English Standard Version
And he shall be their peace. When the Assyrian comes into our land and treads in our palaces, then we will raise against him seven shepherds and eight princes of men;
King James Bible
And this man shall be the peace, when the Assyrian shall come into our land: and when he shall tread in our palaces, then shall we raise against him seven shepherds, and eight principal men.
American Standard Version
And this man'shall be our peace. When the Assyrian shall come into our land, and when he shall tread in our palaces, then shall we raise against him seven shepherds, and eight principal men.
And this man shall be our peace, when the Assyrian shall come into our land, and when he shall set his foot in our houses: and we shall raise against him seven shepherds, and eight principal men.
English Revised Version
And this man shall be our peace: when the Assyrian shall come into our land, and when he shall tread in our palaces, then shall we raise against him seven shepherds, and eight principal men.
Webster's Bible Translation
And this man will be the peace, when the Assyrian shall come into our land: and when he shall tread in our palaces, then shall we raise against him seven shepherds, and eight principal men.
Micah 5:5 Parallel
CommentaryKeil and Delitzsch Biblical Commentary on the Old Testament
Such wickedness as this would be severely punished by the Lord. Amos 8:7. "Jehovah hath sworn by the pride of Jacob, Verily I will not forget all their deeds for ever. Amos 8:8. Shall the earth not tremble for this, and every inhabitants upon it mourn? and all of it rises like the Nile, and heaves and sinks like the Nile of Egypt." The pride of Jacob is Jehovah, as in Hosea 5:5 and Hosea 7:10. Jehovah swears by the pride of Jacob, as He does by His holiness in Amos 4:2, or by His soul in Amos 6:8, i.e., as He who is the pride and glory of Israel: i.e., as truly as He is so, will He and must He punish such acts as these. By overlooking such sins, or leaving them unpunished, He would deny His glory in Israel. שׁכח, to forget a sin, i.e., to leave it unpunished. In Amos 8:8 the negative question is an expression denoting strong assurance. "For this" is generally supposed to refer to the sins; but this is a mistake, as the previous verse alludes not to the sins themselves, but to the punishment of them; and the solemn oath of Jehovah does not contain so subordinate and casual a thought, that we can pass over Amos 8:7, and take על זאת as referring back to Amos 8:4-6. It rather refers to the substance of the oath, i.e., to the punishment of the sins which the Lord announces with a solemn oath. This will be so terrible that the earth will quake, and be resolved, as it were, into its primeval condition of chaos. Râgaz, to tremble, or, when applied to the earth, to quake, does not mean to shudder, or to be shocked, as Rosenmller explains it after Jeremiah 2:12. Still less can the idea of the earth rearing and rising up in a stormy manner to cast them off, which Hitzig supports, be proved to be a biblical idea from Isaiah 24:20. The thought is rather that, under the weight of the judgment, the earth will quake, and all its inhabitants will be thrown into mourning, as we may clearly see from the parallel passage in Amos 9:5. In Amos 8:8 this figure is carried out still further, and the whole earth is represented as being turned into a sea, heaving and falling in a tempestuous manner, just as in the case of the flood. כּלּהּ, the totality of the earth, the entire globe, will rise, and swell and fall like waters lashed into a storm. This rising and falling of the earth is compared to the rising and sinking of the Nile. According to the Parallel passage in Amos 9:5, כּאר is a defective form for כּיאר, just as בּוּל is for יבוּל in Job 40:20, and it is still further defined by the expression כּיאור מצרים, which follows. All the ancient versions have taken it as יאור, and many of the Hebrew codd. (in Kennicott and De Rossi) have this reading. Nigrash, to be excited, a term applied to the stormy sea (Isaiah 57:20). נשׁקה is a softened form for נשׁקעה, as is shown by שׁקעה in Amos 9:5.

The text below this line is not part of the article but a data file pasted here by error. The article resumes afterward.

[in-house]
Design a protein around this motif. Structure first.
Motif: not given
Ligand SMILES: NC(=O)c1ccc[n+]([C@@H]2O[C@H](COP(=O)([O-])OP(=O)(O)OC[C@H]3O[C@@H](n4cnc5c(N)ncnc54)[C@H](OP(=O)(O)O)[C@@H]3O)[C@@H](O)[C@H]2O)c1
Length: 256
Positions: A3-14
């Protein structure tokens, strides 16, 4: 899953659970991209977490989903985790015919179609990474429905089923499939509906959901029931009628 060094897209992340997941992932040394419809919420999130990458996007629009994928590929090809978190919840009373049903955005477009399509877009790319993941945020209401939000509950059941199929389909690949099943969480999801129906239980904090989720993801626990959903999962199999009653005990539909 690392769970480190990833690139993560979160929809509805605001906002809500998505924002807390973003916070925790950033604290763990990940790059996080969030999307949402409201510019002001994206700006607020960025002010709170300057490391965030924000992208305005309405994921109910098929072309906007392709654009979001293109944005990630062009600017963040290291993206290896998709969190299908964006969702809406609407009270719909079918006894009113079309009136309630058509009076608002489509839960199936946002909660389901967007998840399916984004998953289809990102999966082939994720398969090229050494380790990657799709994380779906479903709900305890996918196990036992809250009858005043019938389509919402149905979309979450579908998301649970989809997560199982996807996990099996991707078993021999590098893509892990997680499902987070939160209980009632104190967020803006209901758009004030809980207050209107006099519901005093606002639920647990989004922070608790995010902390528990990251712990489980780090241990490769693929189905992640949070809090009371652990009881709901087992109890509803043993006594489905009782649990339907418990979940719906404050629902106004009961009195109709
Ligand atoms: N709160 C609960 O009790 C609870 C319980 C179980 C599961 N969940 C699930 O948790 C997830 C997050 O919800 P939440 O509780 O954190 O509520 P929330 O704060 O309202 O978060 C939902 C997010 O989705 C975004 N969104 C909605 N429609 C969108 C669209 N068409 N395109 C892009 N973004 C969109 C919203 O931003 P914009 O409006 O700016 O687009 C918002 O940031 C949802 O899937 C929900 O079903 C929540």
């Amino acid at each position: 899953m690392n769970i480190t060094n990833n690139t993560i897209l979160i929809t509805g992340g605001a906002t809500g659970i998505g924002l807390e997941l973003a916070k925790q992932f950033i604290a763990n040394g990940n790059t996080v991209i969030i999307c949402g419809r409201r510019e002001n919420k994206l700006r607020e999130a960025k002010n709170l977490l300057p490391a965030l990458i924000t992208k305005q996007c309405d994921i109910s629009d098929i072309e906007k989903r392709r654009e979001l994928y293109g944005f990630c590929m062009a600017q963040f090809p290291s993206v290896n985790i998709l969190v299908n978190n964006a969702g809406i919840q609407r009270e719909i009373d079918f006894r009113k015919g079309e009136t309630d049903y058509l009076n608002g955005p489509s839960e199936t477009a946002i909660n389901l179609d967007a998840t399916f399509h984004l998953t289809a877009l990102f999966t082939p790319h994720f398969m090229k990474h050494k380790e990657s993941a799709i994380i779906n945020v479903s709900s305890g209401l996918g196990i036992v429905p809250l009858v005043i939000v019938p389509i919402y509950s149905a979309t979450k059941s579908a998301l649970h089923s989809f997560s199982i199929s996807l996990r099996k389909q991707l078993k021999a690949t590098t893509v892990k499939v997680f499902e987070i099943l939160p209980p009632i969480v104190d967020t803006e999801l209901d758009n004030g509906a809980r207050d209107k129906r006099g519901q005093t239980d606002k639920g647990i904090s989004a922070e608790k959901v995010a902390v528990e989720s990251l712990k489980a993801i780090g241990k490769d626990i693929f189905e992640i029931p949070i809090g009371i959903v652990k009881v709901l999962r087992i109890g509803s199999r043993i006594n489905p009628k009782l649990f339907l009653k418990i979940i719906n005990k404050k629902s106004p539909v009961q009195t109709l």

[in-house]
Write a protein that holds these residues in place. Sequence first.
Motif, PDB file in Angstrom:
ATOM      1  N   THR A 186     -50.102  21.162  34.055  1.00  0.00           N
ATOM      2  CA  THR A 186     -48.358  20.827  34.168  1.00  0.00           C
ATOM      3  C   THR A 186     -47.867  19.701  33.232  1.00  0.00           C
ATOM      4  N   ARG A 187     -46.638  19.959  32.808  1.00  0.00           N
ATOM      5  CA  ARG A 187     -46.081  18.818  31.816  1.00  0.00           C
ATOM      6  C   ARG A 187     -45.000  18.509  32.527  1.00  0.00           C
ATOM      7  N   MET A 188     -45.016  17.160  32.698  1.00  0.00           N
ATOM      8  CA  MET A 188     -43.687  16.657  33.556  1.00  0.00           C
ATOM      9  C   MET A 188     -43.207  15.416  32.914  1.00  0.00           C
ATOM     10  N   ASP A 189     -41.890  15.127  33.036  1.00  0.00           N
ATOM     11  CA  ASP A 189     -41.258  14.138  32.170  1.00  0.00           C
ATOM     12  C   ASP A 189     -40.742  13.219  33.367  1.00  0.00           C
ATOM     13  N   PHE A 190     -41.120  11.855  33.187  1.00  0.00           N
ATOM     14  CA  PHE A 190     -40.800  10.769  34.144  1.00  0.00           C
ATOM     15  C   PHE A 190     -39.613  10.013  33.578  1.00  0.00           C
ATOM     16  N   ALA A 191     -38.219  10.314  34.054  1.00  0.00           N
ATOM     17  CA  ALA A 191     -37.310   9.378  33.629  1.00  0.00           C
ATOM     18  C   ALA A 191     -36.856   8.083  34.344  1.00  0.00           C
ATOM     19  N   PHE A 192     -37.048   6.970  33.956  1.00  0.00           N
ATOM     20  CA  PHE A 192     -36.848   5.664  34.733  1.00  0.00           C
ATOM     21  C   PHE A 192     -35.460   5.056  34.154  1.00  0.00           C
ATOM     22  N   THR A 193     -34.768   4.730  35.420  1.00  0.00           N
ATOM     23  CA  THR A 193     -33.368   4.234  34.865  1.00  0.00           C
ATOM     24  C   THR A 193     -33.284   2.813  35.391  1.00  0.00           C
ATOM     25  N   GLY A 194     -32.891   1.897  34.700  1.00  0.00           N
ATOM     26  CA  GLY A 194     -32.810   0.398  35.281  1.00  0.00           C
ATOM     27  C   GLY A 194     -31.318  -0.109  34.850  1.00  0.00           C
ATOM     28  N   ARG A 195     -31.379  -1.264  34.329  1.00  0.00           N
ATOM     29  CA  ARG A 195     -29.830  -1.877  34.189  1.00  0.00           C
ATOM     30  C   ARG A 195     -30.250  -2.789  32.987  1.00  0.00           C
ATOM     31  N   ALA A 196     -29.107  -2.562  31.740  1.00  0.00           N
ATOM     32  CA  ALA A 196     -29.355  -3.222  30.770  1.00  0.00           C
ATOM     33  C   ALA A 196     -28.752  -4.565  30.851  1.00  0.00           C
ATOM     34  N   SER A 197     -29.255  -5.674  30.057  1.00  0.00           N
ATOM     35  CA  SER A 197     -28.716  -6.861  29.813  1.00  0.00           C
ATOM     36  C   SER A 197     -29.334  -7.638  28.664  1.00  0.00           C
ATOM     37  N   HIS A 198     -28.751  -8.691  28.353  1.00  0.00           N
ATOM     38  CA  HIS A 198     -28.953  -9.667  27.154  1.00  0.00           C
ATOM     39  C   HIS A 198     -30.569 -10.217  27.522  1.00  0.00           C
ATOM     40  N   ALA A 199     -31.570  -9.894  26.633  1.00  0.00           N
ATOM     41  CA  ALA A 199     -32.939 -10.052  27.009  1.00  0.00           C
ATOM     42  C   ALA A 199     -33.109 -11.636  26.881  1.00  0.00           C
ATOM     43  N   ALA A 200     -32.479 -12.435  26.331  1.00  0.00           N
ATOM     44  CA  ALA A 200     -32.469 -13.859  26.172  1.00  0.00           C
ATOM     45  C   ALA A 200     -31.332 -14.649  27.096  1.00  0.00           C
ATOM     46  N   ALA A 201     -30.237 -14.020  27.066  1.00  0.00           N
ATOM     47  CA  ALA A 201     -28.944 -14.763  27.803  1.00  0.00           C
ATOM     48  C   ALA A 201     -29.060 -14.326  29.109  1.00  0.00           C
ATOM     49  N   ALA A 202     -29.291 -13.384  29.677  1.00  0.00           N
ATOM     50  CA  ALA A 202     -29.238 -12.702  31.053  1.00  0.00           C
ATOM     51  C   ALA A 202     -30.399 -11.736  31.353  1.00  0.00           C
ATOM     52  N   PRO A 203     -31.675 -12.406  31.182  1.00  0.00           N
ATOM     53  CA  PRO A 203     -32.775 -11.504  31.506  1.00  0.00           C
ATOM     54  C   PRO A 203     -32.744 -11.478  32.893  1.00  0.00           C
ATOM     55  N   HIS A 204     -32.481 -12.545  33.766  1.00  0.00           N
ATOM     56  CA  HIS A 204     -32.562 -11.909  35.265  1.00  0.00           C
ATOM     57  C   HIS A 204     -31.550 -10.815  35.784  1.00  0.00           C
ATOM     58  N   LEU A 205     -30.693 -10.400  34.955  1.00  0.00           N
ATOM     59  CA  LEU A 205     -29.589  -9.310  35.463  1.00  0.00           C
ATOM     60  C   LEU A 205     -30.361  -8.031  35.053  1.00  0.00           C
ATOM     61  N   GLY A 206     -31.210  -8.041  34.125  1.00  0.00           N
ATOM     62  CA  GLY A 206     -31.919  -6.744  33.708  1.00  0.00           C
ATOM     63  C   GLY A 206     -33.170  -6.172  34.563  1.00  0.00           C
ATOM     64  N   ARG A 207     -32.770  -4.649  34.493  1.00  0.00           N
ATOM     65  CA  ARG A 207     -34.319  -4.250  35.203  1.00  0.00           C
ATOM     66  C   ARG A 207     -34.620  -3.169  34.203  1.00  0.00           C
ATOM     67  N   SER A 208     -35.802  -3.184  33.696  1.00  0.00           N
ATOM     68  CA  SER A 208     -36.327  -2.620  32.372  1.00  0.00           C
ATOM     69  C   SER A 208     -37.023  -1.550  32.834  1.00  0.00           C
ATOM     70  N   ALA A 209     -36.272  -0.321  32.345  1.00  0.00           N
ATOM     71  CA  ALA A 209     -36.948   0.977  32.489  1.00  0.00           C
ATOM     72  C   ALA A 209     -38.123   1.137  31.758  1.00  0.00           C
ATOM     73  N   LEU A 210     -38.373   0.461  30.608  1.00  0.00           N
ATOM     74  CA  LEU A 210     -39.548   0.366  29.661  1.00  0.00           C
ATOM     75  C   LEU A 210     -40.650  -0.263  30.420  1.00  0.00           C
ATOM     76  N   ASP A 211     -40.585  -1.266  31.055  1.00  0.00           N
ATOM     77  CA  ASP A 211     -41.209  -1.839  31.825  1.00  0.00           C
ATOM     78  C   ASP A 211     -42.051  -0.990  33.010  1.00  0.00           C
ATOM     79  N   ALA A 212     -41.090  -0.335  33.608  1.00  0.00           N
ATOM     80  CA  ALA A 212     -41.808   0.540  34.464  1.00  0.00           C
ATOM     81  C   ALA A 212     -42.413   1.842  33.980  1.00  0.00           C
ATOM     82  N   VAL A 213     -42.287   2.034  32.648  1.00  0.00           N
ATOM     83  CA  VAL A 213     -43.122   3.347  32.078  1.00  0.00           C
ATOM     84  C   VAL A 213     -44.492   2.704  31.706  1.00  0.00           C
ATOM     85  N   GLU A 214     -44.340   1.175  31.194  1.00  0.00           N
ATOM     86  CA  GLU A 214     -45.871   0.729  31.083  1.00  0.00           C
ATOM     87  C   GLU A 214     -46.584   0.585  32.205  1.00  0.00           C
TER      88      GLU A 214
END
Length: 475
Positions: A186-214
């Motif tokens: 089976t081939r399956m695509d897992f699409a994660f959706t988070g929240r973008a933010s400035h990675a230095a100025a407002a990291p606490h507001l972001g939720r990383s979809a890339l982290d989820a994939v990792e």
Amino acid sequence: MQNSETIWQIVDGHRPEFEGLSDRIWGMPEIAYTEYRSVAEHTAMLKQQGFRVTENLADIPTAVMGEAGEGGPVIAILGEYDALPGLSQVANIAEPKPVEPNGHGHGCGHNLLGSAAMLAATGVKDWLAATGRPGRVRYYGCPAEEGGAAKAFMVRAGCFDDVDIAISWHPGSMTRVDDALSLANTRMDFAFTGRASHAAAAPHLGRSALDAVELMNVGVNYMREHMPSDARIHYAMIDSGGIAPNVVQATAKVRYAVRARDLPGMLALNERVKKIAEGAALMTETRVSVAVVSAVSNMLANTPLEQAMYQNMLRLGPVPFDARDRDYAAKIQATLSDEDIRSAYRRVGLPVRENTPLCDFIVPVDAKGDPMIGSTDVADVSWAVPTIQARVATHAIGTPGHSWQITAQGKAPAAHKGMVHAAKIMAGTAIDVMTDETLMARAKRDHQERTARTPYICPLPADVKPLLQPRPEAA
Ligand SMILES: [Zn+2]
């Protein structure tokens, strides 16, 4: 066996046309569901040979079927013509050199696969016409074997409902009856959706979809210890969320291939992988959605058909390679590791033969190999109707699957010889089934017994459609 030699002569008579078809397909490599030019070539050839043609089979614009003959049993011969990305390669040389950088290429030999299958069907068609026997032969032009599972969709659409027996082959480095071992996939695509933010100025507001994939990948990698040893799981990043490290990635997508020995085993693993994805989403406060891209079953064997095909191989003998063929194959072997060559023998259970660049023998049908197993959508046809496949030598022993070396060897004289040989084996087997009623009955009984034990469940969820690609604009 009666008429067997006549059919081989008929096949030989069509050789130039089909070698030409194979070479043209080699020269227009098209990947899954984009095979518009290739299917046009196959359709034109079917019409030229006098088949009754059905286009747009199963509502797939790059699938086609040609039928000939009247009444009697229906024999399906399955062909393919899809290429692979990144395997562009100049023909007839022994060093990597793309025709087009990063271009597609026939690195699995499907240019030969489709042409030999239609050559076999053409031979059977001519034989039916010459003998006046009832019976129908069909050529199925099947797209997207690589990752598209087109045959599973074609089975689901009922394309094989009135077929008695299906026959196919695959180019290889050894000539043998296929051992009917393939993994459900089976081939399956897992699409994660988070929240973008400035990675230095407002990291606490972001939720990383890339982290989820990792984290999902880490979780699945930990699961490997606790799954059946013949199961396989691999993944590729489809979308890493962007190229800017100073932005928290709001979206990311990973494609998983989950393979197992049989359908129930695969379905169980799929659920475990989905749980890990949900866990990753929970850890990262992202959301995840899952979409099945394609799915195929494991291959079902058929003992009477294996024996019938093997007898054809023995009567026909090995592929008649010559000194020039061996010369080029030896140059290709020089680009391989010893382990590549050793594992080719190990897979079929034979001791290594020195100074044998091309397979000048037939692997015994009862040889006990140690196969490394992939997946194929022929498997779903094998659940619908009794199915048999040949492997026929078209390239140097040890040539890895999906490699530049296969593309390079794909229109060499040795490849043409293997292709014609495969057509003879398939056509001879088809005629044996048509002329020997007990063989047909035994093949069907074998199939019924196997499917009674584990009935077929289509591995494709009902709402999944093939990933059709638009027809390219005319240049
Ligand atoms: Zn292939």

Treasury of Scripture Knowledge
principal men. Heb. princes of men.
"Glory to God in the highest, and on earth peace among those with whom he is pleased!"
For he himself is our peace, who has made us both one and has broken down in his flesh the dividing wall of hostility
and through him to reconcile to himself all things, whether on earth or in heaven, making peace by the blood of his cross.
therefore, behold, the Lord is bringing up against them the waters of the River, mighty and many, the king of Assyria and all his glory. And it will rise over all its channels and go over all its banks,
and it will sweep on into Judah, it will overflow and pass on, reaching even to the neck, and its outspread wings will fill the breadth of your land, O Immanuel."
For to us a child is born, to us a son is given; and the government shall be upon his shoulder, and his name shall be called Wonderful Counselor, Mighty God, Everlasting Father, Prince of Peace.
Therefore thus says the Lord GOD of hosts: "O my people, who dwell in Zion, be not afraid of the Assyrians when they strike with the rod and lift up their staff against you as the Egyptians did.
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ESV Text Edition: 2016. The Holy Bible, English Standard Version® copyright © 2001 by Crossway Bibles, a publishing ministry of Good News Publishers.